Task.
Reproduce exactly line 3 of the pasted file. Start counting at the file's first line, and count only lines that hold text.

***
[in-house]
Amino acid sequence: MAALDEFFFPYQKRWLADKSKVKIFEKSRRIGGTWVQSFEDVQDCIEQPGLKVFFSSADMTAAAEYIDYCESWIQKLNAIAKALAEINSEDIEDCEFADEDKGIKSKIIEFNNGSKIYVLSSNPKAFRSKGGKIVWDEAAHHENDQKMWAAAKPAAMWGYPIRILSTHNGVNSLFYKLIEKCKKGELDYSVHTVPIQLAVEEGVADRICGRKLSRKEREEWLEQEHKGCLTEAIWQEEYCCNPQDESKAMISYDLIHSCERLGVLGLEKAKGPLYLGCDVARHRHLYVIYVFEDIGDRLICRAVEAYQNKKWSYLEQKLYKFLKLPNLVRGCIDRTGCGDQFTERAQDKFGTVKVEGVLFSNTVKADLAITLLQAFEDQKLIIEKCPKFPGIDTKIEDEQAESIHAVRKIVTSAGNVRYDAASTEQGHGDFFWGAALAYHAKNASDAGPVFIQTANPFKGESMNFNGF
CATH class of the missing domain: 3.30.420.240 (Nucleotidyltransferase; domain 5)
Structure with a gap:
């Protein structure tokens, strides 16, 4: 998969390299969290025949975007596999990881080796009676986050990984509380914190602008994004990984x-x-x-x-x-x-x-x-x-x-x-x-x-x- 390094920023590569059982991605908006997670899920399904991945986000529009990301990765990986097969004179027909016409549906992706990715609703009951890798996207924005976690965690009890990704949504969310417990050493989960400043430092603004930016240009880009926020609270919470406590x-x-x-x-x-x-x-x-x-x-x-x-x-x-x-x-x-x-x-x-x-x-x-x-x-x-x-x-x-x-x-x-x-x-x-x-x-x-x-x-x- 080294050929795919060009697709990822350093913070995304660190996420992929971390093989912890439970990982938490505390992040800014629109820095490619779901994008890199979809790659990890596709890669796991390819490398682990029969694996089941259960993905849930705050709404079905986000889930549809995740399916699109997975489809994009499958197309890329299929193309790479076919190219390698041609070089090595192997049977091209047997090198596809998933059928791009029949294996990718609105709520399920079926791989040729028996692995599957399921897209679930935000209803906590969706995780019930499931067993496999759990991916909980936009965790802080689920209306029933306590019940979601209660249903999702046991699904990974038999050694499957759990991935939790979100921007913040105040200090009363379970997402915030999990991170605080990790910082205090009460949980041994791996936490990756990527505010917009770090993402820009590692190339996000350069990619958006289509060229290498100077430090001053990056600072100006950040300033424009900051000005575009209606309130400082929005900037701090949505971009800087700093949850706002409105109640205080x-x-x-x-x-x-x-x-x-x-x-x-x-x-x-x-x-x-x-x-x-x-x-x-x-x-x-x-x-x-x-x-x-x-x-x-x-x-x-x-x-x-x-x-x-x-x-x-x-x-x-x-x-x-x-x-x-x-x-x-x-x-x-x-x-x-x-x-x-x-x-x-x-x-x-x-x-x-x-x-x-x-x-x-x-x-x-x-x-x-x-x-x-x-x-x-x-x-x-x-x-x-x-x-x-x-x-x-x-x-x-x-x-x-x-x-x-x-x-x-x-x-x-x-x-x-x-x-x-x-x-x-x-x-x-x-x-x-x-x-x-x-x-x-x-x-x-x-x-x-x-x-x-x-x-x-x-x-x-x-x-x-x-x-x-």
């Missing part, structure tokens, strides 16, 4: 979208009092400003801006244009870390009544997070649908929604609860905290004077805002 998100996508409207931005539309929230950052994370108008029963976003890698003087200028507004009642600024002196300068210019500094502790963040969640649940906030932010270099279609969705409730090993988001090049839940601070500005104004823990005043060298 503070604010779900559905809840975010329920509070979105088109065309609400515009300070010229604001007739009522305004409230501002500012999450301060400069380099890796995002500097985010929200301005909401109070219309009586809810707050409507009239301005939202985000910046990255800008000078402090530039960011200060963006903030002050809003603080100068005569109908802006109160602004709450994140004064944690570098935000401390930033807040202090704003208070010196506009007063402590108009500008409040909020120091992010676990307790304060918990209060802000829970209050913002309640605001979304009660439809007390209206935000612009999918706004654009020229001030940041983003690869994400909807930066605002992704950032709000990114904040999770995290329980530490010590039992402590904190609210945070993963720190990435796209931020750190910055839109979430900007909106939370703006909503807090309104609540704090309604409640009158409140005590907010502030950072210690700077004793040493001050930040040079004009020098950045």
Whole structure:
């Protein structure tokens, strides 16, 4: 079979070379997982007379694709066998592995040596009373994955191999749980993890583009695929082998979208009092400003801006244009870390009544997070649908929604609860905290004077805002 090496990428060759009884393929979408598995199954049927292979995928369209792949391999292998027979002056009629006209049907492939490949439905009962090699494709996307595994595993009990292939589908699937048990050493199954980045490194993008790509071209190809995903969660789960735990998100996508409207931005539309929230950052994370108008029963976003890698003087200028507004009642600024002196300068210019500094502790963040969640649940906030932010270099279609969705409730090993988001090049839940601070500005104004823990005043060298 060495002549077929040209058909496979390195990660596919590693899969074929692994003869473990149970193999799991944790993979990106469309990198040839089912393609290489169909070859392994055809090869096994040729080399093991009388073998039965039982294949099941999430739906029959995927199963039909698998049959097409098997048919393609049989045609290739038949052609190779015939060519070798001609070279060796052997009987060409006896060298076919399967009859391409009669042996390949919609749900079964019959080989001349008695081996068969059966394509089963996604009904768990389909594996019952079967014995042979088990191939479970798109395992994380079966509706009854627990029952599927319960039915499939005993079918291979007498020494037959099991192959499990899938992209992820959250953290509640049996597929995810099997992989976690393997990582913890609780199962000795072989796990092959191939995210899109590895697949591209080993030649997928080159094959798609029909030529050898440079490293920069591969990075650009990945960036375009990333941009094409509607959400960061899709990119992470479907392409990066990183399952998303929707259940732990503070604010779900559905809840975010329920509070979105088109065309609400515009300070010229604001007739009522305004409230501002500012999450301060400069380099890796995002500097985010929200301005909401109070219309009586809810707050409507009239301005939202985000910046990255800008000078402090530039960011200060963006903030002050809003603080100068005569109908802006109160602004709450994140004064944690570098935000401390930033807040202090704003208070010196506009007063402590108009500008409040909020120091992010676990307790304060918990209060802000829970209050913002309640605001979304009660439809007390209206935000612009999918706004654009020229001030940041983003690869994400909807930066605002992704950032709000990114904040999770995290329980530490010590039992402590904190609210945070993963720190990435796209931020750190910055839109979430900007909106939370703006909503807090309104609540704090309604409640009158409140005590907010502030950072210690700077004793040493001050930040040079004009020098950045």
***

CATH class of the missing domain: 3.30.420.240 (Nucleotidyltransferase; domain 5)